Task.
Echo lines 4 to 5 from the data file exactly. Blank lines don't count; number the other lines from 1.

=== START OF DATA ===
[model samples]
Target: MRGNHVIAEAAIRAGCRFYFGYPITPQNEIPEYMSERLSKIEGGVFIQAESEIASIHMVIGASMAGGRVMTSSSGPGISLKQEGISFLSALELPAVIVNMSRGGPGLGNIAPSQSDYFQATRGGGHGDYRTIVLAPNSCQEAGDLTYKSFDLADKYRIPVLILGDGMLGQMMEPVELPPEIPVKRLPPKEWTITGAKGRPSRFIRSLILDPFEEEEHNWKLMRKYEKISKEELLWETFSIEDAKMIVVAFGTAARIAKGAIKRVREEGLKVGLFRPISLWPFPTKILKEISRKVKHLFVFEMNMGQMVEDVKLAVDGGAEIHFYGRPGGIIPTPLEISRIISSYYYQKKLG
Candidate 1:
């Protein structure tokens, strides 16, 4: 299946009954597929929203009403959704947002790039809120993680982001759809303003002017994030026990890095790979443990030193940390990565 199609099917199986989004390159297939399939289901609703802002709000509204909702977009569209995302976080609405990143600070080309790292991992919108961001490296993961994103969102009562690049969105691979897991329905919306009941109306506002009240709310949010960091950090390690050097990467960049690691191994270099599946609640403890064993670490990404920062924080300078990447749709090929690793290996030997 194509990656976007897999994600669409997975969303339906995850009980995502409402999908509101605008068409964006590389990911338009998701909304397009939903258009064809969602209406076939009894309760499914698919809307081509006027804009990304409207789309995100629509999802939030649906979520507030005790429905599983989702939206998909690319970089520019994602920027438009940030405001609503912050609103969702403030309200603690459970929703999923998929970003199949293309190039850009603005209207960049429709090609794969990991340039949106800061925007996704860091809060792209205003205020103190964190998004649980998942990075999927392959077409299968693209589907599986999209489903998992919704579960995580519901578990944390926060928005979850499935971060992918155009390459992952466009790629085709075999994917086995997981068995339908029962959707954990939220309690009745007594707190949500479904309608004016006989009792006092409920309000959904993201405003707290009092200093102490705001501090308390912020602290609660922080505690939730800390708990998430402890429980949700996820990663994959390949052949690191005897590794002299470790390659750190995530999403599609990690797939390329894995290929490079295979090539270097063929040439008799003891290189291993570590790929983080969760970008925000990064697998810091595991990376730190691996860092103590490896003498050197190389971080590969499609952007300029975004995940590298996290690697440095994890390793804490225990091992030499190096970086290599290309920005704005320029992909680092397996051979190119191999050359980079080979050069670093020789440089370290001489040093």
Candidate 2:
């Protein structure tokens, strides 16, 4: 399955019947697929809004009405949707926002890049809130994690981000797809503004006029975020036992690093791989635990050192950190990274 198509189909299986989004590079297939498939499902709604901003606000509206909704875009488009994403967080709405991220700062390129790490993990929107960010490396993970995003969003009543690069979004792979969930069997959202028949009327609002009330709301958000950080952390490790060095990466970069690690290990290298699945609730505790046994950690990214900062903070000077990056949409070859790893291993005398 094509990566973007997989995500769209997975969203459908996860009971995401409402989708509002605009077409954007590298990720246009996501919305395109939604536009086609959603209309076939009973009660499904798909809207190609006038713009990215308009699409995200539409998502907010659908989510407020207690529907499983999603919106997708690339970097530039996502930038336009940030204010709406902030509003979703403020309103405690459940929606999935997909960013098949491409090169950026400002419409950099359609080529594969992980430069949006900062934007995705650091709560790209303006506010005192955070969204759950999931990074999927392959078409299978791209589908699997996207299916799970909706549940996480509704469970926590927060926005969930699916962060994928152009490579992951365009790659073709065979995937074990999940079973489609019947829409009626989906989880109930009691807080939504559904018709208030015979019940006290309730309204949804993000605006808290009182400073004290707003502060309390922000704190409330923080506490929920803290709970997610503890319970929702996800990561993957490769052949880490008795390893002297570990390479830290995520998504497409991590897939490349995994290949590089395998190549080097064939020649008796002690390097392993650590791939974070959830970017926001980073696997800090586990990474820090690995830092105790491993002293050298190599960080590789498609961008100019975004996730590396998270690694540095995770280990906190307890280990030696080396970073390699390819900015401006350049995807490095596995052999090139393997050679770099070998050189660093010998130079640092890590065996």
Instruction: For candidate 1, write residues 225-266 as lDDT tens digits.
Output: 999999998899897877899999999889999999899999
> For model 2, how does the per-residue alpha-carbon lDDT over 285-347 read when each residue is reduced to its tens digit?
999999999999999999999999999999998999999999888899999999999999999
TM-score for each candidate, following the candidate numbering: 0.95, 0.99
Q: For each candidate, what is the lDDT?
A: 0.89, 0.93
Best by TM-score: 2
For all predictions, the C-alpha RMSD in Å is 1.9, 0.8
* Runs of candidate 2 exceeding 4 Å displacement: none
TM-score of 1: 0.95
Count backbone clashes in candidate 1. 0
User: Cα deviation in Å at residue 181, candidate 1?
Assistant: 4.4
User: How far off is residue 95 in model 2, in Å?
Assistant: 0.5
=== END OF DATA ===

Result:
């Protein structure tokens, strides 16, 4: 299946009954597929929203009403959704947002790039809120993680982001759809303003002017994030026990890095790979443990030193940390990565 199609099917199986989004390159297939399939289901609703802002709000509204909702977009569209995302976080609405990143600070080309790292991992919108961001490296993961994103969102009562690049969105691979897991329905919306009941109306506002009240709310949010960091950090390690050097990467960049690691191994270099599946609640403890064993670490990404920062924080300078990447749709090929690793290996030997 194509990656976007897999994600669409997975969303339906995850009980995502409402999908509101605008068409964006590389990911338009998701909304397009939903258009064809969602209406076939009894309760499914698919809307081509006027804009990304409207789309995100629509999802939030649906979520507030005790429905599983989702939206998909690319970089520019994602920027438009940030405001609503912050609103969702403030309200603690459970929703999923998929970003199949293309190039850009603005209207960049429709090609794969990991340039949106800061925007996704860091809060792209205003205020103190964190998004649980998942990075999927392959077409299968693209589907599986999209489903998992919704579960995580519901578990944390926060928005979850499935971060992918155009390459992952466009790629085709075999994917086995997981068995339908029962959707954990939220309690009745007594707190949500479904309608004016006989009792006092409920309000959904993201405003707290009092200093102490705001501090308390912020602290609660922080505690939730800390708990998430402890429980949700996820990663994959390949052949690191005897590794002299470790390659750190995530999403599609990690797939390329894995290929490079295979090539270097063929040439008799003891290189291993570590790929983080969760970008925000990064697998810091595991990376730190691996860092103590490896003498050197190389971080590969499609952007300029975004995940590298996290690697440095994890390793804490225990091992030499190096970086290599290309920005704005320029992909680092397996051979190119191999050359980079080979050069670093020789440089370290001489040093």
Candidate 2: